Military backpacks are equipped with hip belts, which have been shown to support 30% of the vertical force from the backpack. These belts do not offload enough force to prevent tissue strain on the shoulders, which can lead to discomfort and injury. Stiffness and damping in a backpack’s straps and connections can affect backpack movement, which may be related to tissue strain, when walking. However, the effects of using a hip belt on relative motion between the backpack and the wearer are unclear. Four active duty military participants walked at 1.15 m/s on uphill (+10¬∞), downhill (‚àí10¬∞), and level (0¬∞) slopes. They wore body armor with helmet and backpack using only the shoulder straps (Shoulder) or with the hip belt secured (Hip Belt), carrying 40% body weight total. 3D motion of the backpack and torso was obtained with optical motion capture. Maxima and minima of backpack-torso displacement were calculated in each walking condition. The difference between sequential maxima and minima were used to obtain ranges of vertical backpack-torso displacement during each walking condition for each participant. The hip-belt did not influence relative vertical motion of the backpack. The pack and slope did affect the horizontal relative displacement (p = .086). The greatest relative displacement for anterior/posterior direction was 7.7mm, and vertical direction was 19.9mm. Horizontal displacement was not affected by slope alone during Hip Belt, but was affected during Shoulder (p = .056). The vertical relative displacement was affected by slope, p = .007.
  • Low-cost modular and flexible laser source

    Adams, Daniel; Spoor, Henry
    This project investigates the feasibility of producing high-quality, high-reliability laser beams from traditional handheld laser pointers. The goals of this project included understanding the fundamental principles and functionality of a handheld laser pointer as well as conversion of said laser pointer to a setup that could be used in a research-level capacity. To achieve these goals, handheld lasers were disassembled to their component parts, and extensive testing was performed on the maximum capabilities of the laser pointers. Data was collected on the maximum supplied current the laser diode could withstand, the viability of creating a tunable intensity laser and the potential for making a reproducible product. In the testing process, the converted laser pointers were found to be reliable if constrained to a limited current. Additionally, the laser beam was successfully made to have a tunable intensity by varying the supplied current. Additional testing will be performed to determine the lifespan of the converted laser pointer as well as the reproducibility of the project for use in a research setting.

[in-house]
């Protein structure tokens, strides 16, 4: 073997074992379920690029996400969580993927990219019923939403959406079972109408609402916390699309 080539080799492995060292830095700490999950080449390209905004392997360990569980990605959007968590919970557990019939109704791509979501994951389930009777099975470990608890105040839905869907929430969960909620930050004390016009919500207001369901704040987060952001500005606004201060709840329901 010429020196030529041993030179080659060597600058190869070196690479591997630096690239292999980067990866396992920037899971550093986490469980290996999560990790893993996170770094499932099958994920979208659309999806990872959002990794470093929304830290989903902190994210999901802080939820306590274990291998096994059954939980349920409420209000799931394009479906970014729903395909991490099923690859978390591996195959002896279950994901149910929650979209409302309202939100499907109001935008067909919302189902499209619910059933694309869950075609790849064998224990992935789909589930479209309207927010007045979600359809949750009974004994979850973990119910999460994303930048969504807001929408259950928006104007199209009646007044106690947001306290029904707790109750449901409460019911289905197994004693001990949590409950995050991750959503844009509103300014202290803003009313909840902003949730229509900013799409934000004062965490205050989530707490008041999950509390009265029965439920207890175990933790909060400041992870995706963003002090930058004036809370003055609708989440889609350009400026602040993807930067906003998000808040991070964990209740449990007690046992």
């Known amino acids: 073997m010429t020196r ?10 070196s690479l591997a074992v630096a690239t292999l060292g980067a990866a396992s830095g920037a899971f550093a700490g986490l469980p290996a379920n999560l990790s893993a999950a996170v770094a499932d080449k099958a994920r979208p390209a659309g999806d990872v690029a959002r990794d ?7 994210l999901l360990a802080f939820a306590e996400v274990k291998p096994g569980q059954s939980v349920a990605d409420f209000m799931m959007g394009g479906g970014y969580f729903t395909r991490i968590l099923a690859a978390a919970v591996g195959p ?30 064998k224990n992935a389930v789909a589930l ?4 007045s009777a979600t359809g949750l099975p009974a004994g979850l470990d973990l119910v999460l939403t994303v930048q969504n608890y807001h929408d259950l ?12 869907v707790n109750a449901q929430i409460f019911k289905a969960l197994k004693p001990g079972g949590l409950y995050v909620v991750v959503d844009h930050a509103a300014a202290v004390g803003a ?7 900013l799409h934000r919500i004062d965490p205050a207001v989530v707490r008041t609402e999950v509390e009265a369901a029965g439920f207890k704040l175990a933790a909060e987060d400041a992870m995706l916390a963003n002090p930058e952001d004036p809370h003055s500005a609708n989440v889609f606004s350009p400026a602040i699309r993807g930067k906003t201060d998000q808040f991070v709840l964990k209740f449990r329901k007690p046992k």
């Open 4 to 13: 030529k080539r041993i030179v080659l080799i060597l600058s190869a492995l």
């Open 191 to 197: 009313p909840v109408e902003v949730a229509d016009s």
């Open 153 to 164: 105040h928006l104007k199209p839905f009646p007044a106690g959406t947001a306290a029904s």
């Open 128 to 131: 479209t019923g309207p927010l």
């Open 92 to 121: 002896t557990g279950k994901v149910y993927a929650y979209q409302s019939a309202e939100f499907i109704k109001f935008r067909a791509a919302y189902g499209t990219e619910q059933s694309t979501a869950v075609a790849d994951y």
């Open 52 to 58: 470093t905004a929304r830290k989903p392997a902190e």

• Relationship between hand grip strength and mediolateral torso movement in five times sit-to-stand, The

    Silverman, Anne K.; Miller, Michael F.; Beebe, Claire A.
    Balance regulation during daily activities is a key component of movement performance and fall risk as we age. There is a well-defined correlation between lower limb muscle strength and hand grip strength (HGS) and lower limb muscle strength is critical for balance regulation. The Five Times Sit-To-Stand test (5xSTS) is an evaluation of muscle strength and mobility during transitions that helps identify individuals at risk of fall. Thus, we aimed to determine if mediolateral movement biomechanics during the 5xSTS test, which are important for balance performance, were correlated with HGS. Ten young and healthy participants completed a 5xSTS trial where they rose from the seat to a standing position and returned to the seat five consecutive times as quickly as possible. We performed a Pearson correlation analysis (α ± < 0.05) between range of mediolateral torso center of mass (COM) displacement, dominant HGS and time to completion of 5xSTS. There was not a significant correlation between time to completion and HGS (rho (ρ) = -0.515, p = 0.127). A moderate negative correlation that approached significance (0.05 < p < 0.10) was found between mediolateral torso COM displacement and HGS (rho (ρ) = -0.558, p = 0.094). There was no correlation between mediolateral torso COM displacement and time to completion (rho (ρ) = 0.143, p = 0.693). HGS could help indicate mediolateral balance performance during 5xSTS and improve the lower limb strength assessment due to its correlation with torso motion. Recording dominant HGS alongside 5xSTS completion time may provide insight into mediolateral dynamic balance performance.